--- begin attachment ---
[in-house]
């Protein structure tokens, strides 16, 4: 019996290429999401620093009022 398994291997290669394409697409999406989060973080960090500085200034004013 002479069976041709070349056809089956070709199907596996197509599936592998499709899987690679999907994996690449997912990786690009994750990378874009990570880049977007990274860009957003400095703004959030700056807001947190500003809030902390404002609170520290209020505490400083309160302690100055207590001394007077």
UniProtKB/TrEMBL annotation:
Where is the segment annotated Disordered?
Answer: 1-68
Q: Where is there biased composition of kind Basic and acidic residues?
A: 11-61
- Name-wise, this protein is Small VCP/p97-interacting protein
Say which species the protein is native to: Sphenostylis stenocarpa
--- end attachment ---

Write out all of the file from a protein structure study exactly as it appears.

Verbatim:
[in-house]
């Protein structure tokens, strides 16, 4: 019996290429999401620093009022 398994291997290669394409697409999406989060973080960090500085200034004013 002479069976041709070349056809089956070709199907596996197509599936592998499709899987690679999907994996690449997912990786690009994750990378874009990570880049977007990274860009957003400095703004959030700056807001947190500003809030902390404002609170520290209020505490400083309160302690100055207590001394007077």
UniProtKB/TrEMBL annotation:
Where is the segment annotated Disordered?
Answer: 1-68
Q: Where is there biased composition of kind Basic and acidic residues?
A: 11-61
- Name-wise, this protein is Small VCP/p97-interacting protein
Say which species the protein is native to: Sphenostylis stenocarpa